• "All I ask is," she concluded, "that they shouldn't bother me any more. I mus_eally be allowed to digest my gruel… ." And she twinkled a little wistfull_t Archer.
  • It was that evening, on his return home, that May announced her intention o_iving a farewell dinner to her cousin. Madame Olenska's name had not bee_ronounced between them since the night of her flight to Washington; an_rcher looked at his wife with surprise.
  • "A dinner—why?" he interrogated.
  • Her colour rose. "But you like Ellen—I thought you'd be pleased."
  • "It's awfully nice—your putting it in that way. But I really don't see—"
  • "I mean to do it, Newland," she said, quietly rising and going to her desk.
  • "Here are the invitations all written. Mother helped me—she agrees that w_ught to." She paused, embarrassed and yet smiling, and Archer suddenly sa_efore him the embodied image of the Family.
  • "Oh, all right," he said, staring with unseeing eyes at the list of guest_hat she had put in his hand.
  • When he entered the drawing-room before dinner May was stooping over the fir_nd trying to coax the logs to burn in their unaccustomed setting o_mmaculate tiles.
  • The tall lamps were all lit, and Mr. van der Luyden's orchids had bee_onspicuously disposed in various receptacles of modern porcelain and knobb_ilver. Mrs. Newland Archer's drawing-room was generally thought a grea_uccess. A gilt bamboo jardiniere, in which the primulas and cinerarias wer_unctually renewed, blocked the access to the bay window (where the old- fashioned would have preferred a bronze reduction of the Venus of Milo); th_ofas and arm-chairs of pale brocade were cleverly grouped about little plus_ables densely covered with silver toys, porcelain animals and efflorescen_hotograph frames; and tall rosy-shaded lamps shot up like tropical flower_mong the palms.
  • "I don't think Ellen has ever seen this room lighted up," said May, risin_lushed from her struggle, and sending about her a glance of pardonable pride.
  • The brass tongs which she had propped against the side of the chimney fel_ith a crash that drowned her husband's answer; and before he could restor_hem Mr. and Mrs. van der Luyden were announced.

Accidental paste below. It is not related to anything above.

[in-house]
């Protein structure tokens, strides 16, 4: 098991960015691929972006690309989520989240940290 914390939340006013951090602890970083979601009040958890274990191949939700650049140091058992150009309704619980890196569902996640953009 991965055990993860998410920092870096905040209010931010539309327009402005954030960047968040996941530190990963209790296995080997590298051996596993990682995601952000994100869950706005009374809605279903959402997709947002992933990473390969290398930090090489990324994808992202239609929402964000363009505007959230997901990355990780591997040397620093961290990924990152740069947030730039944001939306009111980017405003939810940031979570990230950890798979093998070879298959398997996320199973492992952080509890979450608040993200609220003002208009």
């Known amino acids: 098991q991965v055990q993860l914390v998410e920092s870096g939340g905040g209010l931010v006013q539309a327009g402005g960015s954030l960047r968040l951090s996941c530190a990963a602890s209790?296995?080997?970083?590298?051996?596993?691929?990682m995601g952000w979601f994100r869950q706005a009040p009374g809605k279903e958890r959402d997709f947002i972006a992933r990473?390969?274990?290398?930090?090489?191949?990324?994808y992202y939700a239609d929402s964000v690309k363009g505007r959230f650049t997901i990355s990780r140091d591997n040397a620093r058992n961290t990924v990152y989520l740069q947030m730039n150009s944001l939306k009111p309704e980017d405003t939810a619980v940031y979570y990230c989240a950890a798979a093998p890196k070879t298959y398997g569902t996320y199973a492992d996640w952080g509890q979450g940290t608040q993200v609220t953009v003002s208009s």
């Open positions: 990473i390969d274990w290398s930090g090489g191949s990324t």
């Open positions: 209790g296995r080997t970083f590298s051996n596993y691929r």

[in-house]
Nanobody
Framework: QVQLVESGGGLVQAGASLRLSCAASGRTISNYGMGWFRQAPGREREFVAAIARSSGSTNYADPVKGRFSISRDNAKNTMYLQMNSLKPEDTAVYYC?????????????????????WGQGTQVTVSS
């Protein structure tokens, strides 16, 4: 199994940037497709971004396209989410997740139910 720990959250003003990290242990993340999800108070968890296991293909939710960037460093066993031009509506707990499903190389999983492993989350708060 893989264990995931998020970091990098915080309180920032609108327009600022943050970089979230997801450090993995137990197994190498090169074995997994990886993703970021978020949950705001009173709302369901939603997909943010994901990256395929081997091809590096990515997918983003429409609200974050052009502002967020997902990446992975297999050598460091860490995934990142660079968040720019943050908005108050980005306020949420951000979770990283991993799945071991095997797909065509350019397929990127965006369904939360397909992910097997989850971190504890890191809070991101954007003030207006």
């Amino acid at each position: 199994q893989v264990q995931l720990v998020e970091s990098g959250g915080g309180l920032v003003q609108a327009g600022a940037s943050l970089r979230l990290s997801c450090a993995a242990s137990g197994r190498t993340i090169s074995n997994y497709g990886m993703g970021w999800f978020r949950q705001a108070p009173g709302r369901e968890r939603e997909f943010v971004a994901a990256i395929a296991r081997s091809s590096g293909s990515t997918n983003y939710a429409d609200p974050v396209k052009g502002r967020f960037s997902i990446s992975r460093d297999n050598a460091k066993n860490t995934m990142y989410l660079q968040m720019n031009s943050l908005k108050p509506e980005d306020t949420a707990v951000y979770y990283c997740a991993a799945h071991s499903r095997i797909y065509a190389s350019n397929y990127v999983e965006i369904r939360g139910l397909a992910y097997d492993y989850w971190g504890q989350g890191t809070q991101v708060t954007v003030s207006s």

• The other guests quickly followed, for it was known that the van der Luyden_iked to dine punctually. The room was nearly full, and Archer was engaged i_howing to Mrs. Selfridge Merry a small highly-varnished Verbeckhoven "Stud_f Sheep," which Mr. Welland had given May for Christmas, when he found Madam_lenska at his side.
  • She was excessively pale, and her pallor made her dark hair seem denser an_eavier than ever. Perhaps that, or the fact that she had wound several row_f amber beads about her neck, reminded him suddenly of the little Elle_ingott he had danced with at children's parties, when Medora Manson had firs_rought her to New York.
  • The amber beads were trying to her complexion, or her dress was perhap_nbecoming: her face looked lustreless and almost ugly, and he had never love_t as he did at that minute. Their hands met, and he thought he heard her say:
  • "Yes, we're sailing tomorrow in the Russia—"; then there was an unmeanin_oise of opening doors, and after an interval May's voice: "Newland! Dinner'_een announced. Won't you please take Ellen in?"
  • Madame Olenska put her hand on his arm, and he noticed that the hand wa_ngloved, and remembered how he had kept his eyes fixed on it the evening tha_e had sat with her in the little Twenty-third Street drawing- room. All th_eauty that had forsaken her face seemed to have taken refuge in the long pal_ingers and faintly dimpled knuckles on his sleeve, and he said to himself:
  • "If it were only to see her hand again I should have to follow her—."